Some chicken owners swear by this trick, but I have not personally tried it because I like to be able to see what is going on.

To do this, you would wait until night time when your birds are in the coop roosting for the night. Then you would place the new birds inside the coop. Since the other birds would be groggy from sleep, they are less likely to fight. Then when they wake up, the new birds are already there and they can just go on about their day.

How Long Does It Take For Hens To Accept New Hens?

This varies depending on the personality of your birds. However, it usually takes at least 2-4 weeks for the existing flock to fully accept new members as one of their own. It may take even longer for them to truly bond and become friendly, rather than just tolerating each other.

More Tips For Successfully Adding New Chickens To Your Flock

  • Quarantine First – Always quarantine new birds away from your flock for at least 2 weeks. This is to make sure that the new birds are not sick before introducing them. You want to quarantine them in a separate area (not a dog crate in the run) and not somewhere where they will have contact with the same surfaces or breathe the same air.
  • Make Sure They’re Close In Age – If you’re introducing juvenile hens to your flock, you want to make sure that they are big enough to hang with the older birds. I’ve always waited until at least 12-14 weeks to start introductions, so the younger birds won’t be seriously harmed if an older bird tries to pick on them. You also want them to be able to eat the same food.
  • Always Introduce Multiple Birds Together – If at all possible, you want to introduce multiple birds, versus a single chicken. They will form a “mini flock” so they have friends and they will have strength in numbers. The rest of the flock will be less likely to try to bully if the new flock is similar in size. They may kind of coexist for a few weeks before they all bond together to make a cohesive big flock.
  • Provide Extra Food and Water – Even if no one is hurting each other, the established flock can bully new members in less obvious ways. They can block the new hens from accessing food, so you want to make sure that there are extra feeders and waterers so that the older birds can’t block the new birds from eating or drinking.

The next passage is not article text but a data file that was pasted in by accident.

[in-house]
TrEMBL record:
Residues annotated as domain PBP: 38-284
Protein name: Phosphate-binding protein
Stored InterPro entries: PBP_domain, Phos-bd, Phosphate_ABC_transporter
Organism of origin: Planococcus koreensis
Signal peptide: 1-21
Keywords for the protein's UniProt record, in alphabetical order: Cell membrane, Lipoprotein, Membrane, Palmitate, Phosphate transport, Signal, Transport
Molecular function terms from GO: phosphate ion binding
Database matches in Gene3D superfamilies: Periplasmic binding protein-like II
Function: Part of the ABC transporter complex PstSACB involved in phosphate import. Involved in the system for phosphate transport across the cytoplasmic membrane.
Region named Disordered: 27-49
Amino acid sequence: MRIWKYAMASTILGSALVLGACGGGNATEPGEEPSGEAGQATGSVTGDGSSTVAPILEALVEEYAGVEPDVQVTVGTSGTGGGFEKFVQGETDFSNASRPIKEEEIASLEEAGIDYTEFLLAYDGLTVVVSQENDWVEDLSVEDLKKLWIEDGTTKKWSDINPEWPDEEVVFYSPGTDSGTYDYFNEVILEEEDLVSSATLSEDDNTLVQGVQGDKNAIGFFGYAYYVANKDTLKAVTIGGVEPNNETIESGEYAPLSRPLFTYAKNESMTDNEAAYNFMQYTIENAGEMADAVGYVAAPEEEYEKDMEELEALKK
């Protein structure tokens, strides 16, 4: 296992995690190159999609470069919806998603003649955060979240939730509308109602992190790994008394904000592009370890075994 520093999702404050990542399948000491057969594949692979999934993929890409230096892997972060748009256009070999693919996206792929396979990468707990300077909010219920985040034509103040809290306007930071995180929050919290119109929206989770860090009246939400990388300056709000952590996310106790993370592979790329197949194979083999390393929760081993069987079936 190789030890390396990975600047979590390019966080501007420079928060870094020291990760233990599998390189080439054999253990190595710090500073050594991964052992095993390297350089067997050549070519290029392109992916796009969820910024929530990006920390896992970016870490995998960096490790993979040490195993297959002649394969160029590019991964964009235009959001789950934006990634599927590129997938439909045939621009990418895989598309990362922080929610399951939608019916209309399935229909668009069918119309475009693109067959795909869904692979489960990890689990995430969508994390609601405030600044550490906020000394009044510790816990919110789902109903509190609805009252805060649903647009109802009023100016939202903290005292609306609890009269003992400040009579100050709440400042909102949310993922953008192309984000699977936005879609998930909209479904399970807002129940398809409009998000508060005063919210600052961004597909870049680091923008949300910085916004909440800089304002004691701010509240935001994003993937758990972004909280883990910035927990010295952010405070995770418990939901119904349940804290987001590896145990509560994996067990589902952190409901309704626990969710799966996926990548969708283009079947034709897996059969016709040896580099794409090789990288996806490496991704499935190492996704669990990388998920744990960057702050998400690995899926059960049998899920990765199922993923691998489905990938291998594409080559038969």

• Avoid Overcrowding – Make sure the coop is not too crowded, as a coop that is too small will increase the odds of fighting. As a general rule of thumb, a coop should have 4 square feet of space for each bird and a run should have 8 square feet per bird. Each chicken also needs 10-12 inches of roost space at night, so if you’re adding new birds, you may need to expand your run or add more roosting bars accordingly. Overcrowding can increase the chance of fighting.
  • Keep an Eye on Things – During an introductory period, you want to check on the flock more than you would usually. If you see bullying behavior, you can try to distract the chickens or discourage them from this behavior. Though they will likely pick it back up when you leave, you may be able to offer the new birds some respite for a few minutes while you are present. Kind of like when a parent or teacher is in the room, the kids behave better.
  • Be Patient – It can take time for the flock to fully accept new members. I also remind myself that chickens don’t have human feelings and that establishing the new pecking order is just part of their process. Chickens do what chickens do!

More Tips For Raising Chickens:

Leave a Reply

Your email address will not be published. Required fields are marked *